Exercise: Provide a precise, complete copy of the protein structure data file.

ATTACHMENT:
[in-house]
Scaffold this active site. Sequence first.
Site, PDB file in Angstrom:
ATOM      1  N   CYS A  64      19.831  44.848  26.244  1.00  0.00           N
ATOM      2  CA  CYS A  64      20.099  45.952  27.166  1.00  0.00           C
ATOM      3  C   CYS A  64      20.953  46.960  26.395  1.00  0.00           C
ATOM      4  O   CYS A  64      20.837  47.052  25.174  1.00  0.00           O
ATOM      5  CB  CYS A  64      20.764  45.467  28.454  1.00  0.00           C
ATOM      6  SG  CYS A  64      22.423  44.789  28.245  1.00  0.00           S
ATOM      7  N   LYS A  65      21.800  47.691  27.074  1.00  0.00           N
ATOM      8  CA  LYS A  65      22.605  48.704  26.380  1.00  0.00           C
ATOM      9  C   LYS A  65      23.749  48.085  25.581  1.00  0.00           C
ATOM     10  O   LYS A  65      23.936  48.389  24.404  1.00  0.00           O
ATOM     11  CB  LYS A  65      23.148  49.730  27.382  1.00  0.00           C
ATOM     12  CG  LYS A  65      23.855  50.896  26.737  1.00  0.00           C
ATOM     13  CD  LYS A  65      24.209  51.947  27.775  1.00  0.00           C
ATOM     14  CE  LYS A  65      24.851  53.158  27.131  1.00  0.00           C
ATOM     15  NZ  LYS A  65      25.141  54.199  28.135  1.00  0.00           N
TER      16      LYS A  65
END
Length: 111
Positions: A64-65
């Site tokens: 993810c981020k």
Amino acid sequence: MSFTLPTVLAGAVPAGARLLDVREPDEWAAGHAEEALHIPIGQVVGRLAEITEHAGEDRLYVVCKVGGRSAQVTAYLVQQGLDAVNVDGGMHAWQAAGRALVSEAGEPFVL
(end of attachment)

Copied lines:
[in-house]
Scaffold this active site. Sequence first.
Site, PDB file in Angstrom:
ATOM      1  N   CYS A  64      19.831  44.848  26.244  1.00  0.00           N
ATOM      2  CA  CYS A  64      20.099  45.952  27.166  1.00  0.00           C
ATOM      3  C   CYS A  64      20.953  46.960  26.395  1.00  0.00           C
ATOM      4  O   CYS A  64      20.837  47.052  25.174  1.00  0.00           O
ATOM      5  CB  CYS A  64      20.764  45.467  28.454  1.00  0.00           C
ATOM      6  SG  CYS A  64      22.423  44.789  28.245  1.00  0.00           S
ATOM      7  N   LYS A  65      21.800  47.691  27.074  1.00  0.00           N
ATOM      8  CA  LYS A  65      22.605  48.704  26.380  1.00  0.00           C
ATOM      9  C   LYS A  65      23.749  48.085  25.581  1.00  0.00           C
ATOM     10  O   LYS A  65      23.936  48.389  24.404  1.00  0.00           O
ATOM     11  CB  LYS A  65      23.148  49.730  27.382  1.00  0.00           C
ATOM     12  CG  LYS A  65      23.855  50.896  26.737  1.00  0.00           C
ATOM     13  CD  LYS A  65      24.209  51.947  27.775  1.00  0.00           C
ATOM     14  CE  LYS A  65      24.851  53.158  27.131  1.00  0.00           C
ATOM     15  NZ  LYS A  65      25.141  54.199  28.135  1.00  0.00           N
TER      16      LYS A  65
END
Length: 111
Positions: A64-65
């Site tokens: 993810c981020k």
Amino acid sequence: MSFTLPTVLAGAVPAGARLLDVREPDEWAAGHAEEALHIPIGQVVGRLAEITEHAGEDRLYVVCKVGGRSAQVTAYLVQQGLDAVNVDGGMHAWQAAGRALVSEAGEPFVL